Netflix's Shocking Docuseries 'Filthy Rich' Presses the Case Against Jeffrey Epstein
After four episodes, the mysterious billionaire remains a creepy cypher.
With his access to vast wealth and proximity to incredible power, Jeffrey Epstein, the predatory billionaire at the center of an international sex-trafficking ring, is a uniquely gripping subject for an investigative documentary, the type of explosive deep-dive that creates headlines and re-contextualizes previously reported revelations. So, it was hardly surprising when Netflix, the home of a growing number of flashy true crime movies and shows, announced the release of Jeffery Epstein: Filthy Rich, a four-part documentary series directed by Lisa Bryan and executive produced by Joe Berlinger, the filmmaker behind the Paradise Lost trilogy, and James Patterson, the author of countless bestsellers. Epstein died last summer under heavily shrouded and frustratingly mysterious circumstances in federal prison before standing trial for his many alleged crimes, but -- in theory, at least -- a Netflix documentary provides its own form of justice.
Given Patterson's involvement in the project -- the series takes its title and draws material from a non-fiction book he co-authored with John Connolly and Tim Mallo in 2016 -- it's reasonable to expect a degree of tabloid speculation and stylistic bombast. (The wildly prolific author, who recently announced that he's collaborating on another novel with known Epstein associate Bill Clinton, makes only a brief appearance in the series as a talking head.) But viewers actively searching for conspiracy fodder, more material to add to the string-covered cork board of the mind, will instead find a carefully sourced, self-consciously scrupulous attempt to untangle some of the mysteries in Epstein's biography while also giving voice to the many young women he abused.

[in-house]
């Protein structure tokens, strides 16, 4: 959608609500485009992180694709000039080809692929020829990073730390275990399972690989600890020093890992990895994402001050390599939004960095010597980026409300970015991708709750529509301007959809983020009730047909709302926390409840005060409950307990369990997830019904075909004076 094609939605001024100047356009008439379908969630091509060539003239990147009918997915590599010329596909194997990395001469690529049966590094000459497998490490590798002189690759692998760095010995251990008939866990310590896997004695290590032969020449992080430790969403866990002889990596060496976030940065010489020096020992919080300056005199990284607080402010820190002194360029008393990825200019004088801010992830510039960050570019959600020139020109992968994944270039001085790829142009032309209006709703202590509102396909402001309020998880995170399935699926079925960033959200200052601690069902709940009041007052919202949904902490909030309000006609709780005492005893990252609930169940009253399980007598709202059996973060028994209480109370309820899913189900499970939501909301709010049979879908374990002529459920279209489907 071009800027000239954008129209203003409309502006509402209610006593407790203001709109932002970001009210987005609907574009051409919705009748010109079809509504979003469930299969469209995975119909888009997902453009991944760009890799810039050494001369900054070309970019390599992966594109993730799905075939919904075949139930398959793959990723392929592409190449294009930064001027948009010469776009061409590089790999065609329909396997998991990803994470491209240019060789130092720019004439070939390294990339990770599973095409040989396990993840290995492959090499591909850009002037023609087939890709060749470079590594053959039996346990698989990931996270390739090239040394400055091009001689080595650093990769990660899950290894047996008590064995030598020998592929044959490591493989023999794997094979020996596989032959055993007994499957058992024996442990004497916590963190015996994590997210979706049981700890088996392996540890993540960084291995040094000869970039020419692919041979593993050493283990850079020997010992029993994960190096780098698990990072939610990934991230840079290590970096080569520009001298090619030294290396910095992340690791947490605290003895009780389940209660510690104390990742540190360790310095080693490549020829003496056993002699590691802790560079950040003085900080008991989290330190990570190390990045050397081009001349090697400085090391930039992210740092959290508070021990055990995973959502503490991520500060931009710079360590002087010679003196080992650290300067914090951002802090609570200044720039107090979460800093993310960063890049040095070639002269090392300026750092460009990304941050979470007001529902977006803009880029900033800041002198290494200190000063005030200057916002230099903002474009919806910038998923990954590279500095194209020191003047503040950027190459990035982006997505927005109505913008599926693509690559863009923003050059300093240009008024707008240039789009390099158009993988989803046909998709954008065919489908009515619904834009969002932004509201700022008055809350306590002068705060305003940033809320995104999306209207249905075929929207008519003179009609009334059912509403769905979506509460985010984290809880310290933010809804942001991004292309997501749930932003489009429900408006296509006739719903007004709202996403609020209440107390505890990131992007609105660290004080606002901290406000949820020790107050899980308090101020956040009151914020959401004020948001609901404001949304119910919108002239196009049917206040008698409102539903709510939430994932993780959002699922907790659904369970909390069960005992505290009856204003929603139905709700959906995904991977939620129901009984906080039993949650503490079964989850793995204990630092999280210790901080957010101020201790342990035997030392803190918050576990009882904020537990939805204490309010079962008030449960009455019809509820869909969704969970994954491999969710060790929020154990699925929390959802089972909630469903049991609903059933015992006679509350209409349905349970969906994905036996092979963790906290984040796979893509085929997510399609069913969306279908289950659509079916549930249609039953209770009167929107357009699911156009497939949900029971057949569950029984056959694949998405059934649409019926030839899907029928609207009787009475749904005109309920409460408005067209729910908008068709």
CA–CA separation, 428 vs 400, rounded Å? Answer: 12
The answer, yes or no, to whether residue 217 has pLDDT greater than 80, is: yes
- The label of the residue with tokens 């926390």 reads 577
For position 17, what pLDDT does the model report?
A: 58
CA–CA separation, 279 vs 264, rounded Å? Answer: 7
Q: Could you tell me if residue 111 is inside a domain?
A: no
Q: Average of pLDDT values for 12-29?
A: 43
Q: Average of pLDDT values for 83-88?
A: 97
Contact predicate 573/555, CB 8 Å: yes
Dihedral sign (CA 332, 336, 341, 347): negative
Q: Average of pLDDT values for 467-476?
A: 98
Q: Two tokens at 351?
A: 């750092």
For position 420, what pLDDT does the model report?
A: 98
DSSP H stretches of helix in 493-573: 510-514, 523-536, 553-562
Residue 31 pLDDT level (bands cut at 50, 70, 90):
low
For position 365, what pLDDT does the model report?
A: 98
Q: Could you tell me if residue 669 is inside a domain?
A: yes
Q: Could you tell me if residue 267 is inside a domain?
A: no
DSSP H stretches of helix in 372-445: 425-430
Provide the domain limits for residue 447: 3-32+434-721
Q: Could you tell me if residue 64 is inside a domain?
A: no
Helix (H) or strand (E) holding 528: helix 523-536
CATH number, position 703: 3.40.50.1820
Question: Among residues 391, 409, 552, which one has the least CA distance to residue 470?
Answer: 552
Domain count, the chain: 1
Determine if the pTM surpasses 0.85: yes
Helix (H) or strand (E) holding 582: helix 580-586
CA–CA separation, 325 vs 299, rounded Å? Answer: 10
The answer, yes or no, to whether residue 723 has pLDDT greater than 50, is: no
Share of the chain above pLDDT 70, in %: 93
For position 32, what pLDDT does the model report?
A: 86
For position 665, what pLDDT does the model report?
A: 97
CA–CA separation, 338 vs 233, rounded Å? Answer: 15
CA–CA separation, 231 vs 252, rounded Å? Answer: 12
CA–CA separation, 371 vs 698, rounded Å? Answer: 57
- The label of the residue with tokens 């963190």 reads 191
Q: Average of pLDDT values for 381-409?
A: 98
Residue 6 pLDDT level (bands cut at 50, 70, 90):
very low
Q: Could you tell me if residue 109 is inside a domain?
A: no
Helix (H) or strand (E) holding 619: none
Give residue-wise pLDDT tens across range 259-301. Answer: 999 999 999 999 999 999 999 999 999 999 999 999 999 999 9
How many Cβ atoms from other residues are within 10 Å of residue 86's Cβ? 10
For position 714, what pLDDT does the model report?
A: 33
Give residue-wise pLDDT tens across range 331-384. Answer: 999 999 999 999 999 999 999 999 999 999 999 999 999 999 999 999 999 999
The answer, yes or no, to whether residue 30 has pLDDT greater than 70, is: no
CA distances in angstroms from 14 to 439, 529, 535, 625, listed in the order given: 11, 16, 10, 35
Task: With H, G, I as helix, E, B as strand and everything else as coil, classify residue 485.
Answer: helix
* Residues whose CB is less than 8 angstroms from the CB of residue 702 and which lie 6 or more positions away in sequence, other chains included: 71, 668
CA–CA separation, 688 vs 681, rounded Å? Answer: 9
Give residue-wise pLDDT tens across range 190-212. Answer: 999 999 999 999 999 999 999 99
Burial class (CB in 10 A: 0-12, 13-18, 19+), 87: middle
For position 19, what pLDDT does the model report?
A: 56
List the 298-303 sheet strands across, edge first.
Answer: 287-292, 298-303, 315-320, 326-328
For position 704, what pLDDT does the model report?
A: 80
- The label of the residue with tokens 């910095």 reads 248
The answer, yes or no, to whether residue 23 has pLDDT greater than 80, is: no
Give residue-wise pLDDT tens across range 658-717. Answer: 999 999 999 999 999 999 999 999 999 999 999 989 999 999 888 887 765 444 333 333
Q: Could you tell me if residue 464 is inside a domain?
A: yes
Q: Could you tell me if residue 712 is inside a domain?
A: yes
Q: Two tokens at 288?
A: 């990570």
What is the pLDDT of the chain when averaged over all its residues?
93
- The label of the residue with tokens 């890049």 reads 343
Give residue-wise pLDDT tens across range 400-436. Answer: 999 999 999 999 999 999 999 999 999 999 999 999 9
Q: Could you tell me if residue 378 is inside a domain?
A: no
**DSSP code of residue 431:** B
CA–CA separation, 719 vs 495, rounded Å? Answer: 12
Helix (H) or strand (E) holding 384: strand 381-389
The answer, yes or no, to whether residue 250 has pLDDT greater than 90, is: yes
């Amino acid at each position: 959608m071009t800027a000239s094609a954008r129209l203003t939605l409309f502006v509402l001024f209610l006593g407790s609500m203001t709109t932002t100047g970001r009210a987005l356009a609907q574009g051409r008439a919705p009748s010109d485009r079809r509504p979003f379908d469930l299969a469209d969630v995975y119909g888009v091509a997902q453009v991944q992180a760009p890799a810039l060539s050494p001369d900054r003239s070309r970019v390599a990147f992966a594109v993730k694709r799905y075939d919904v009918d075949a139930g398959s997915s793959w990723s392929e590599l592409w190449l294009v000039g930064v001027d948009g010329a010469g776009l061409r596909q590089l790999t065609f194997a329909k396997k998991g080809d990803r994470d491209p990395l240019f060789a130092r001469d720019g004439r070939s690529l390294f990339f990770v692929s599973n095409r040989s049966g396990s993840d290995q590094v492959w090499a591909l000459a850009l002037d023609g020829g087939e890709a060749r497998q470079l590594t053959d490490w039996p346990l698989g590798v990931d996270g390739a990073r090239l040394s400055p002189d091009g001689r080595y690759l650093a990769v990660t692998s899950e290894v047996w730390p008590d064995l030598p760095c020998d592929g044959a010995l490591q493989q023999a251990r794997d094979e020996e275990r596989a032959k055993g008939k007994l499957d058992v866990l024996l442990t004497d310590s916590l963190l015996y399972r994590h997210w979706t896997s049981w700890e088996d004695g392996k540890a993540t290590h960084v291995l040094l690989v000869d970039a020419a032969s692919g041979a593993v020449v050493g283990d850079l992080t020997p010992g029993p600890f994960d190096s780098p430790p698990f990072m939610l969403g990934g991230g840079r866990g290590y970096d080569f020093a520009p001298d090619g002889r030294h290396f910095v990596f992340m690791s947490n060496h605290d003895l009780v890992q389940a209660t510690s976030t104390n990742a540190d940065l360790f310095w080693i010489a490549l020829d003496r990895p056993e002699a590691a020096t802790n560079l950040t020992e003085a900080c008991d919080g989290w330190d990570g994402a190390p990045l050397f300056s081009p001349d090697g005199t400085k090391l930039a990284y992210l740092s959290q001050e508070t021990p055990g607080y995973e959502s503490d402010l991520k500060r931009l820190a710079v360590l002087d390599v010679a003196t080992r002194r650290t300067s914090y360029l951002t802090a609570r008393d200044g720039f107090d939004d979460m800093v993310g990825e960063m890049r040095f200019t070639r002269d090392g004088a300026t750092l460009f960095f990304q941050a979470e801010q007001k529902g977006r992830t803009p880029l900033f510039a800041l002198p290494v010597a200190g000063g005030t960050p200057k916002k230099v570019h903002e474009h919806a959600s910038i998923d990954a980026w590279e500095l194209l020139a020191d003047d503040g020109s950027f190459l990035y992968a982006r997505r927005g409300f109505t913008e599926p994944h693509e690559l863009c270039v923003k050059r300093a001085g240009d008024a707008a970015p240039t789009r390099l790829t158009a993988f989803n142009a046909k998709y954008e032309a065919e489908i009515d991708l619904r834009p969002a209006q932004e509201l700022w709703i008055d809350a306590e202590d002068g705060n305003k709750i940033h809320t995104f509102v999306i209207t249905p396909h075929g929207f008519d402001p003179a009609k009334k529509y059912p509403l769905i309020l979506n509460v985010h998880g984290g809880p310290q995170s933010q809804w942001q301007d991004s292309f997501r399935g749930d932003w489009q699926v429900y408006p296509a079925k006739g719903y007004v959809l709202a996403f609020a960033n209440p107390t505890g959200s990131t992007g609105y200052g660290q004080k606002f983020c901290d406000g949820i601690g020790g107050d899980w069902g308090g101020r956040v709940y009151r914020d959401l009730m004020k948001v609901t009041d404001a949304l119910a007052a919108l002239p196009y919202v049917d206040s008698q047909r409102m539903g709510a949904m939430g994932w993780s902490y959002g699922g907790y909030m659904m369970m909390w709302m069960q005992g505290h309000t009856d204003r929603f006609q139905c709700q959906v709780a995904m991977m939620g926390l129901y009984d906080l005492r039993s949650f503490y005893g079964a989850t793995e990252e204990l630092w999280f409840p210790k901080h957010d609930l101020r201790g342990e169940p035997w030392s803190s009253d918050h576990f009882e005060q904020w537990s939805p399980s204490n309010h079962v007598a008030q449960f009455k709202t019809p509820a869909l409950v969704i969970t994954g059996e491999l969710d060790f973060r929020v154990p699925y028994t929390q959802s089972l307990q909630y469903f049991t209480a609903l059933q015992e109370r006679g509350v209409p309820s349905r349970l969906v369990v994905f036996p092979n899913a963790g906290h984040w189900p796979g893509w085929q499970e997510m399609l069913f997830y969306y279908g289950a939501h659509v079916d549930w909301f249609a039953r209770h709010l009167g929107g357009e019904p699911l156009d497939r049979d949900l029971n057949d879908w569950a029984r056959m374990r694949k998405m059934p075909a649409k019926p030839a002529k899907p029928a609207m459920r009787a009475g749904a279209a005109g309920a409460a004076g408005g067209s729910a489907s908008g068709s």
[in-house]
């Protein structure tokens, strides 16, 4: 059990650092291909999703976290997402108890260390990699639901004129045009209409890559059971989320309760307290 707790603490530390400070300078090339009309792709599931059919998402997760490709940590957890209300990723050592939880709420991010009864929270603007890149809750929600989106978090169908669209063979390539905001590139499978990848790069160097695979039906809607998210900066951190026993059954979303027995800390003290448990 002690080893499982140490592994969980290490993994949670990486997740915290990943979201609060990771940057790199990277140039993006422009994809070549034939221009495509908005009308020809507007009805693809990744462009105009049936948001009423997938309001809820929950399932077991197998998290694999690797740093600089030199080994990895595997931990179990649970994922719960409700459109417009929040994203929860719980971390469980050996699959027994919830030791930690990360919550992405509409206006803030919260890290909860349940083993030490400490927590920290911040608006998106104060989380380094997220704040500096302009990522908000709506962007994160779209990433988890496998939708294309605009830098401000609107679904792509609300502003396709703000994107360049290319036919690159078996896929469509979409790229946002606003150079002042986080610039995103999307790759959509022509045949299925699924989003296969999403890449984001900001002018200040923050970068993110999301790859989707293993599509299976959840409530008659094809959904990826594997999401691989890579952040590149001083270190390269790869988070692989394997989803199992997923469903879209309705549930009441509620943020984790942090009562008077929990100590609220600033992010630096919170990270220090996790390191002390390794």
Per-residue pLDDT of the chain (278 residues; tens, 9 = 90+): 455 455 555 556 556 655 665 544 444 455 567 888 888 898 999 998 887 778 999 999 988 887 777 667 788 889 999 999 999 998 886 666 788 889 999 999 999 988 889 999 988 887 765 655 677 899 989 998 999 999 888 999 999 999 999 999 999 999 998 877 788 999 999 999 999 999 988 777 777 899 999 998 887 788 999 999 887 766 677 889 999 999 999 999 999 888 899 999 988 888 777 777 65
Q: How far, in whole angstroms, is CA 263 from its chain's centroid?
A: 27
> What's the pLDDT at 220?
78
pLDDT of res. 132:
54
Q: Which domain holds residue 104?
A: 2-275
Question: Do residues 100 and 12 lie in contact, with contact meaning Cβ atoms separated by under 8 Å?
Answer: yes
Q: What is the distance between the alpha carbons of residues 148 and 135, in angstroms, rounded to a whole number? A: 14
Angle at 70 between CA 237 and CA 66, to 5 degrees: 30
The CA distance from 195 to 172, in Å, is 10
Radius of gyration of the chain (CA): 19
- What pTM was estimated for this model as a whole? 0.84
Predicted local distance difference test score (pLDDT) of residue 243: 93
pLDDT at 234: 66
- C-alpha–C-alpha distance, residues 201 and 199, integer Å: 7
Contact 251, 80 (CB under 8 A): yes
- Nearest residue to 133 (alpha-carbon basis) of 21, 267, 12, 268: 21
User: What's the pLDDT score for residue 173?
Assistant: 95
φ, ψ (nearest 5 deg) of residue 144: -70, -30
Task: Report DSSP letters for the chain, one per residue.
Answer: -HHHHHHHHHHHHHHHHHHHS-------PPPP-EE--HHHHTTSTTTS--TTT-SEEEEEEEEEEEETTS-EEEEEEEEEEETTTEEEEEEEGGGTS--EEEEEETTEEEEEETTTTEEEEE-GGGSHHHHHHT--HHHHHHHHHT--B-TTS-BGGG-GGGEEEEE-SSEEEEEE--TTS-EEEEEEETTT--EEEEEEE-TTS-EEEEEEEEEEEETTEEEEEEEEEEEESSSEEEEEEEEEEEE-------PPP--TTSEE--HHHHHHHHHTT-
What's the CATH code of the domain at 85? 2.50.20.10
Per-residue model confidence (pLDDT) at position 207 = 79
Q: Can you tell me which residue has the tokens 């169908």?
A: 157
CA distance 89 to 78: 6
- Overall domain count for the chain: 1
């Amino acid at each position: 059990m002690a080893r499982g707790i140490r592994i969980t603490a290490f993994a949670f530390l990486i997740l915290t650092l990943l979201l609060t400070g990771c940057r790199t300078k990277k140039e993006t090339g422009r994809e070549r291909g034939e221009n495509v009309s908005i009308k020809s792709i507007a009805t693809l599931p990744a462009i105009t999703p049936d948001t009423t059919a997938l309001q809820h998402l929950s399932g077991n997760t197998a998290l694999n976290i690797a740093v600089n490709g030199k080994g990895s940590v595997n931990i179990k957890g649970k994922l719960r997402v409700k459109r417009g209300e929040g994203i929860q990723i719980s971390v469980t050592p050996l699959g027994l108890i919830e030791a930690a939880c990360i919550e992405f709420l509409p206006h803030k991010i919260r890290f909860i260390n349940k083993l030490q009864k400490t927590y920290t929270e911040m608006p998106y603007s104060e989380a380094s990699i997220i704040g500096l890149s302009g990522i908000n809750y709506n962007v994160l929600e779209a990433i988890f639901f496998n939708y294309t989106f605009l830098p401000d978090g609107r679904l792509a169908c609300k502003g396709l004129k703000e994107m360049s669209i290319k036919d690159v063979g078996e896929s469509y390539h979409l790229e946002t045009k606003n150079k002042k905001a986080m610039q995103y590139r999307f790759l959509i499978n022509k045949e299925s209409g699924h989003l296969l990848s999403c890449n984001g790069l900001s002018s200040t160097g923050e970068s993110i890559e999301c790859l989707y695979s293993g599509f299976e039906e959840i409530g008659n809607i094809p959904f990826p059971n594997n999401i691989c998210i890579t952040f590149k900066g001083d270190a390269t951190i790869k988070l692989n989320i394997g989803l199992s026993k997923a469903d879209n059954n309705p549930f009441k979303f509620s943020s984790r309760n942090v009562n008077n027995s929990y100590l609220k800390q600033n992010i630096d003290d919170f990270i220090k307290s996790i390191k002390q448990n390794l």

As a bracing collection of first-hand testimonials, a document of lived experience and psychological trauma, Filthy Rich displays an admirable commitment to letting the victims tell their stories in their own words. Opening with footage of Epstein at a deposition hearing in 2012, the first episode uses journalist Vicky Ward's thwarted Vanity Fair profile from 2003, which did not include allegations from sisters Maria and Annie Farmer that ended up getting cut from the article, as a jumping off point to interview the women who alleged they were targeted by Epstein and his associate Ghislaine Maxwell. (Almost every episode ends with an on-screen reminder that Maxwell, who remains at large, denies all the allegations against her.)
With the assistance of a clinical psychologist, the series establishes what one lawyer refers to as Epstein's "sexual pyramid scheme," a process where the billionaire would recruit underage women, many with troubled home lives and histories of abuse, to have sex with and then use them to bring him other potential-victims to his cavernous home in Palm Beach, his large penthouse in Manhattan, and, eventually, his private island in the Virgin Island, Little St. James. It's chilling to hear the same details recounted by different victims across different time periods and different continents.